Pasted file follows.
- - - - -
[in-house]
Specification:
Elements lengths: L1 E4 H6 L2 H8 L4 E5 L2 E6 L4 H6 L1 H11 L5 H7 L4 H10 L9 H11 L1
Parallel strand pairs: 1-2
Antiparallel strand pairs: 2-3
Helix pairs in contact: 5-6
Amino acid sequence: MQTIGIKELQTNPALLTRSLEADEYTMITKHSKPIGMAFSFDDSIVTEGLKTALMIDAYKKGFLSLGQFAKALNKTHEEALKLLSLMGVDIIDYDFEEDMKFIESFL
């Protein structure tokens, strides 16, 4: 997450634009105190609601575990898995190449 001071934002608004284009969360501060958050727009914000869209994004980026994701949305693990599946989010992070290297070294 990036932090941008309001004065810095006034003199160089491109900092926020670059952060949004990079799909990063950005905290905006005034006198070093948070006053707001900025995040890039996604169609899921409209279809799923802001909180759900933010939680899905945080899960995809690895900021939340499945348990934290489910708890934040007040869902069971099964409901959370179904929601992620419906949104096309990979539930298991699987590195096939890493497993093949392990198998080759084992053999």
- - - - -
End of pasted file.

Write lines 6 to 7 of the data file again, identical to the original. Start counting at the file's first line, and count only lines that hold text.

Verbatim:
Helix pairs in contact: 5-6
Amino acid sequence: MQTIGIKELQTNPALLTRSLEADEYTMITKHSKPIGMAFSFDDSIVTEGLKTALMIDAYKKGFLSLGQFAKALNKTHEEALKLLSLMGVDIIDYDFEEDMKFIESFL